Spiral Fractures

There are many types of fractures in medicine; greenstick, traverse, oblique, compression, comminuted, segmental and spiral to name a few. Each one has its own meaning. A greenstick is an incomplete fracture where the bone is broken, but not completely separated. Transverse means the break is in a straight line across the bone. Oblique differs from transverse because it flows diagonally across the bone. A compression fracture involves the ‘crushing’ of the broken bone which results in the bone being wider or flatter in appearance. Comminuted is in three or more pieces with fragments present at the fracture site. Segmental fractures the same bone in 2 places to create a ‘floating’ segment of the bone. And, a spiral fracture means a long bone is broken by a twisting force. Of course, they all have one thing in common…they are all painful.

Fractures normally occur due to blunt force trauma to the bone. If a bone cannot absorb the force it has no choice but to break. Bones are at their weakest when they are twisted, so many fractures occur due to falls, trauma, a direct blow or kick to the body.

If you have experienced a broken bone it does not take long to relive the moment in your head when returning to that time and place in conversation or thought. The details and the pain seem to come rushing back in an instant. It usually takes a combination of surgery, rest, and physical therapy to recover from spiral fractures. A spiral fracture is usually treated right away with surgery. After the surgery, a cast may be worn.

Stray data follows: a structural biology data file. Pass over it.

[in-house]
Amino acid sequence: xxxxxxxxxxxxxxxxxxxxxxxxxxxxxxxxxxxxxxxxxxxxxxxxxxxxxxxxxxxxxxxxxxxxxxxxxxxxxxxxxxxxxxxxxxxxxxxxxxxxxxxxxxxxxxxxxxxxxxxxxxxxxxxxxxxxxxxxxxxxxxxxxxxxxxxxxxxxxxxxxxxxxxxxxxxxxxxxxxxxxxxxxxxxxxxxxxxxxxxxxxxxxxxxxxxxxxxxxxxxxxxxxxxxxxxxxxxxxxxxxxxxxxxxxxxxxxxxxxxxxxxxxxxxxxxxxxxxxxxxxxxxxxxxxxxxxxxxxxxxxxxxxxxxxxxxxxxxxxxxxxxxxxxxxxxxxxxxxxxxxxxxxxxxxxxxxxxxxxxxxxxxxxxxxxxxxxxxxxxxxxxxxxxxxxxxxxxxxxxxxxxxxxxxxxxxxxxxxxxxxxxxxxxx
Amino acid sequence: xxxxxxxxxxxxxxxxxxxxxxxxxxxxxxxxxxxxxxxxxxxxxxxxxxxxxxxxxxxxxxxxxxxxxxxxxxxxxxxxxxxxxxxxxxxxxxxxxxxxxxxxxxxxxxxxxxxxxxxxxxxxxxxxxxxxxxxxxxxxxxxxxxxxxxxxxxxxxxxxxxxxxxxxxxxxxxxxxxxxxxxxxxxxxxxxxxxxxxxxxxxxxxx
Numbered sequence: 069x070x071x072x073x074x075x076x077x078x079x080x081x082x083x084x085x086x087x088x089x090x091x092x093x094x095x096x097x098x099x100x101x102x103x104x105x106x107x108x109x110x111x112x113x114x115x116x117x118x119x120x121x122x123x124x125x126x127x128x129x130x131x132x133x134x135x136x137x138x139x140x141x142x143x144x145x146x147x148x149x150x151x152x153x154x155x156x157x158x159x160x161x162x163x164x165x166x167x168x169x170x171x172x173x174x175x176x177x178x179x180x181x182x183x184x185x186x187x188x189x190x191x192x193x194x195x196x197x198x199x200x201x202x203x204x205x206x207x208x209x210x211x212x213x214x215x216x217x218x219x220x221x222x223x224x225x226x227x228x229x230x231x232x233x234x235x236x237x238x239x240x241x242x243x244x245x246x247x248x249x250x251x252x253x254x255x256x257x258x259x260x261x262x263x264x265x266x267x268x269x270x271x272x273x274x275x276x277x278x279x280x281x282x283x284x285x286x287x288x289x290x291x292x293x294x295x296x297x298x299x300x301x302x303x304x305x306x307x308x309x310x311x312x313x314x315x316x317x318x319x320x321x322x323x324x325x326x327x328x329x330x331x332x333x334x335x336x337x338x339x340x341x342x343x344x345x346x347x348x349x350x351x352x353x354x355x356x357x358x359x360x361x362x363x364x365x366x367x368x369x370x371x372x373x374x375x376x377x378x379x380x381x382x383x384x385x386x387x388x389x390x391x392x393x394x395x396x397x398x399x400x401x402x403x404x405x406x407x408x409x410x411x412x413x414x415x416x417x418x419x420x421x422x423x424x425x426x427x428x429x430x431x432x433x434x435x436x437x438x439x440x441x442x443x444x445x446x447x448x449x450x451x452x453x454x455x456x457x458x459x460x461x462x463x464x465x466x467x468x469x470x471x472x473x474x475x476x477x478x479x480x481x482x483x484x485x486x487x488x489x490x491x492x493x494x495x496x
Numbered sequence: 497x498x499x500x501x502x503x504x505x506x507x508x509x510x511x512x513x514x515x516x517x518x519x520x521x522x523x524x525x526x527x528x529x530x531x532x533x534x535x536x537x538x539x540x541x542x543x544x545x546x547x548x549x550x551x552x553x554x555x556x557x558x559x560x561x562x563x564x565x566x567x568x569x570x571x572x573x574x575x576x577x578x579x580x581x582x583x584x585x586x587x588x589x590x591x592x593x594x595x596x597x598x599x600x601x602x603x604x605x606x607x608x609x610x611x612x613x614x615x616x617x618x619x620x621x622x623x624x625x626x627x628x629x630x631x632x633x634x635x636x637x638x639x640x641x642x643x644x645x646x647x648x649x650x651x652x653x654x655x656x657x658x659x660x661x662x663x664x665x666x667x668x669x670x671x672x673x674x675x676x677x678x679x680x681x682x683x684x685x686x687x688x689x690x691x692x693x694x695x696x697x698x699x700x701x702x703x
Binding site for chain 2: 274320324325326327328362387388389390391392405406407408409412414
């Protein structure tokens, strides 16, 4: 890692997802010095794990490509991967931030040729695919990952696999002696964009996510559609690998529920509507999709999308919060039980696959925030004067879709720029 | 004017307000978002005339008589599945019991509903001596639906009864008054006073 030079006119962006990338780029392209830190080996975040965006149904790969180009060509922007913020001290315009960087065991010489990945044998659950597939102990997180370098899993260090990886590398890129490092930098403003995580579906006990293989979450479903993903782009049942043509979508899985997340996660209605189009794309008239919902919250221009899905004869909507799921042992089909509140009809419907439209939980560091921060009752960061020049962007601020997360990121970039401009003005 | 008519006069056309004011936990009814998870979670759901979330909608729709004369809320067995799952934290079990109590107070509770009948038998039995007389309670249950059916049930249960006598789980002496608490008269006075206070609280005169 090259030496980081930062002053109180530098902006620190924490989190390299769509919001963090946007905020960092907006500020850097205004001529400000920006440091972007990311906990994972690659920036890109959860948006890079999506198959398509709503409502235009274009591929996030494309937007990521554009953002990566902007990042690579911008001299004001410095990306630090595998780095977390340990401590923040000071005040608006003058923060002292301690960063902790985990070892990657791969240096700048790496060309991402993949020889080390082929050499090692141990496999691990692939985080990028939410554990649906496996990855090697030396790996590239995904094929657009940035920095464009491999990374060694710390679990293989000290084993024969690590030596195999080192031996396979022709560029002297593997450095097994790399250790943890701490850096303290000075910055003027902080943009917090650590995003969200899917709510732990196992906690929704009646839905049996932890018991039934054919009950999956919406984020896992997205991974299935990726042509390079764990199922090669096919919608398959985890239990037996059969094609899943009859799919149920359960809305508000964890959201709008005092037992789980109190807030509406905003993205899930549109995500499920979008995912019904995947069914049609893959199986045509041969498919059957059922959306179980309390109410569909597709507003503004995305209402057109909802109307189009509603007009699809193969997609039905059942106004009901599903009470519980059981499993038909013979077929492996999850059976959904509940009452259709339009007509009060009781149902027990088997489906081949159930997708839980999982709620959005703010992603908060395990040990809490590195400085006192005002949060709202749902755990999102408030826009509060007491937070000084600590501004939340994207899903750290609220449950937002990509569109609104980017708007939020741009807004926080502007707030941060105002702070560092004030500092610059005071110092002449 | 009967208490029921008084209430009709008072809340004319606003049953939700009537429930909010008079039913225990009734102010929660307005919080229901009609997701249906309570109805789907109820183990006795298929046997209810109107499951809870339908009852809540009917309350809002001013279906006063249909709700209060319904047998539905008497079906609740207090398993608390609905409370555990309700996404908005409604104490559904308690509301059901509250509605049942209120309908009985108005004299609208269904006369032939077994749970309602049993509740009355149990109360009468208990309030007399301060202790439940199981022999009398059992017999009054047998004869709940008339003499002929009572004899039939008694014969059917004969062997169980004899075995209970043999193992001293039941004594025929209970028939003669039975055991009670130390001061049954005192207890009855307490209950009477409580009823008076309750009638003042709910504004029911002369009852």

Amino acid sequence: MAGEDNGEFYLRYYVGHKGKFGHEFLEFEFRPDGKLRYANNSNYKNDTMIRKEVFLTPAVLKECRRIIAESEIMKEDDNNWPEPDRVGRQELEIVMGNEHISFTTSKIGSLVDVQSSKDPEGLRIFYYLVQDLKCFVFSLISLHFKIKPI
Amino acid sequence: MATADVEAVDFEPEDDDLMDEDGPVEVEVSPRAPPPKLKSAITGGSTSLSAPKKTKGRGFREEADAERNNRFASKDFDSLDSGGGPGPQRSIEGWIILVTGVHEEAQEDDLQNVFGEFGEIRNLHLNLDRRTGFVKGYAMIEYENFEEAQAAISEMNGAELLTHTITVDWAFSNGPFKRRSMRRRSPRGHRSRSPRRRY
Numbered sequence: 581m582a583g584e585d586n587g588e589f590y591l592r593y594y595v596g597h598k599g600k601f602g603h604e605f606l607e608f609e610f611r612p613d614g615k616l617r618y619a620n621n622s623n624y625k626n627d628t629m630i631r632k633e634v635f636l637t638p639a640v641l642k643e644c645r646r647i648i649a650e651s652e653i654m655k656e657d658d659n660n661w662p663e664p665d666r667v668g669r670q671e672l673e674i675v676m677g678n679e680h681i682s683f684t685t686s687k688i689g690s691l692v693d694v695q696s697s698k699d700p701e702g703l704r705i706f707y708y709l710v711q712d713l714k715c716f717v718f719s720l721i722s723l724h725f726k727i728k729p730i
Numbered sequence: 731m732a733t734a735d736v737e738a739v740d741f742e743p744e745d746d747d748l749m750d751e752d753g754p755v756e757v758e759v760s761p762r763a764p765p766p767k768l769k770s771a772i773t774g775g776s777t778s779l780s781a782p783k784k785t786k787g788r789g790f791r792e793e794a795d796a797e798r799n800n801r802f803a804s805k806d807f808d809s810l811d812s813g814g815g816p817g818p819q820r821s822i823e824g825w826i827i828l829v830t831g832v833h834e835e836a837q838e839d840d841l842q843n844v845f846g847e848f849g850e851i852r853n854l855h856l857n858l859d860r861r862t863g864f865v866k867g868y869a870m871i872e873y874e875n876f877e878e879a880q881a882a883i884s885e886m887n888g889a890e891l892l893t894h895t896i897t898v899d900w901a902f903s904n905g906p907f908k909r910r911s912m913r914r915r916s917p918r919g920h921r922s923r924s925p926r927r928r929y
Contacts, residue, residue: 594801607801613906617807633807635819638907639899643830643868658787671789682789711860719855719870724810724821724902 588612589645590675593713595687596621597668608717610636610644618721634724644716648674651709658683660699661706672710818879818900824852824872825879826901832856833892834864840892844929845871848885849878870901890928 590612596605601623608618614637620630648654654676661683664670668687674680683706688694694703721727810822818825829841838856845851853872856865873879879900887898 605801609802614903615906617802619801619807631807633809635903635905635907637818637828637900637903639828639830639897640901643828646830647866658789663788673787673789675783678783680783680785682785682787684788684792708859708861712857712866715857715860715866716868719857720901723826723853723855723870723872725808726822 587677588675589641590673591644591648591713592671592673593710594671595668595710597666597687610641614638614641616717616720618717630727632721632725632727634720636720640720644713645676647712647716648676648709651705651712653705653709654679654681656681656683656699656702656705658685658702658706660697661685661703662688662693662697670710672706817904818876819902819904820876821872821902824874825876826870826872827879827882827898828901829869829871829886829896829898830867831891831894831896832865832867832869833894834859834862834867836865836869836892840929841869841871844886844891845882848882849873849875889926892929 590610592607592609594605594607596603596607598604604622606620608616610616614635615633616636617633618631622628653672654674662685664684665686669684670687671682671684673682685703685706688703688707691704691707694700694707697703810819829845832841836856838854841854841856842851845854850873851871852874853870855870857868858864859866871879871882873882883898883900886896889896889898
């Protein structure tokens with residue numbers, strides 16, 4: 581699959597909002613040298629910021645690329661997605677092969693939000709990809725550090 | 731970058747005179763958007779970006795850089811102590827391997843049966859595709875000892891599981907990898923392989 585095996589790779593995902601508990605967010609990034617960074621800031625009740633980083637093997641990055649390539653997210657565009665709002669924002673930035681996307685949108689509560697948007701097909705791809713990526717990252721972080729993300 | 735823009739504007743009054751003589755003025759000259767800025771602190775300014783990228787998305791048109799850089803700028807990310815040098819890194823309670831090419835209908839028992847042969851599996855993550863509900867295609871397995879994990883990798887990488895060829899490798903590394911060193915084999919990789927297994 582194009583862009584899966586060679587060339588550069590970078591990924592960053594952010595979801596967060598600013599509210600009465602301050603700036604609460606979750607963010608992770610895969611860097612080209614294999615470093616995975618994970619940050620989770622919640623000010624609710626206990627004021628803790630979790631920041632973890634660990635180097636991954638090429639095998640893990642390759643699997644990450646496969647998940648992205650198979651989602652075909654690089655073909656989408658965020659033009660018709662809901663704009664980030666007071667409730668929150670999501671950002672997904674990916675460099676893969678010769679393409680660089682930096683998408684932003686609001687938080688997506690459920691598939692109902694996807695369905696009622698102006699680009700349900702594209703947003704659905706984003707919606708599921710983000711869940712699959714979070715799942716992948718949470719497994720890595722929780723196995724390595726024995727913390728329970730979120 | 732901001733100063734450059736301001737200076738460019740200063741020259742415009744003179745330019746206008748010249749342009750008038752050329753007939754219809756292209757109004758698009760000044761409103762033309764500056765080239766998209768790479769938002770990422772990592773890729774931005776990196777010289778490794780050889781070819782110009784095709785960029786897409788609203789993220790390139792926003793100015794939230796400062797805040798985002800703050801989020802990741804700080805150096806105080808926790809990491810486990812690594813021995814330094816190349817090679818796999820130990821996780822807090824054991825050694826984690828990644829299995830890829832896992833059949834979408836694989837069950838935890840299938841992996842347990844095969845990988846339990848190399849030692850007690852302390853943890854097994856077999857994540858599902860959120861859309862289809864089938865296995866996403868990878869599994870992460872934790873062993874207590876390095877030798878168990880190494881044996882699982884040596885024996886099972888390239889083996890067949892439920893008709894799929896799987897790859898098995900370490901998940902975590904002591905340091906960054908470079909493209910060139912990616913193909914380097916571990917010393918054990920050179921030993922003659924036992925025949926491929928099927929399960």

Most spiral fractures involve the long bones of the legs such as the femur, tibia and fibula, but can also include the long bones of the arm including the humerus, ulna and radius. Someone diagnosed with a spiral fracture has endured a serious injury and is subject to risk and complications in comparison to a baseline fracture.

To complicate matters, if a long bone is broken on an angle there can often be separation which can cause compromised alignment or rough/uneven edges. Bones at an angle are difficult to align and restore.

Imagine a slinky that is twisted and a surgeon working to make it straight. Repair of a spiral fracture is difficult and takes patience in the operating room. Common causes of spiral fractures include: skiing or snowboarding injuries (when the leg is twisted by being stuck in a boot); soccer collisions due to two players running into one another and becoming entangled/twisted; football tackles or collisions that include one player being held/restrained by another while the other tries to twist free for additional yards; wrestling which involves wrestlers entwined and jockeying for position to gain points; motor vehicle/motorcycle/bicycle accidents; falling after trying to compensate for a loss in balance and repositioning an arm or a leg; physical violence and child abuse; machinery accidents and/or simply falling down stairs.

If you believe you have experienced a fracture, it is important to seek medical attention immediately. Untreated fractures can be life-threatening and significant health conditions can arise if not treated properly. Issues include sepsis, blood clots, compartment syndrome, blood vessel, muscle/nerve damage, infection and more. Never self-diagnosis or dismiss an injury. Reach out to an orthopedic specialist for an examination and diagnosis.

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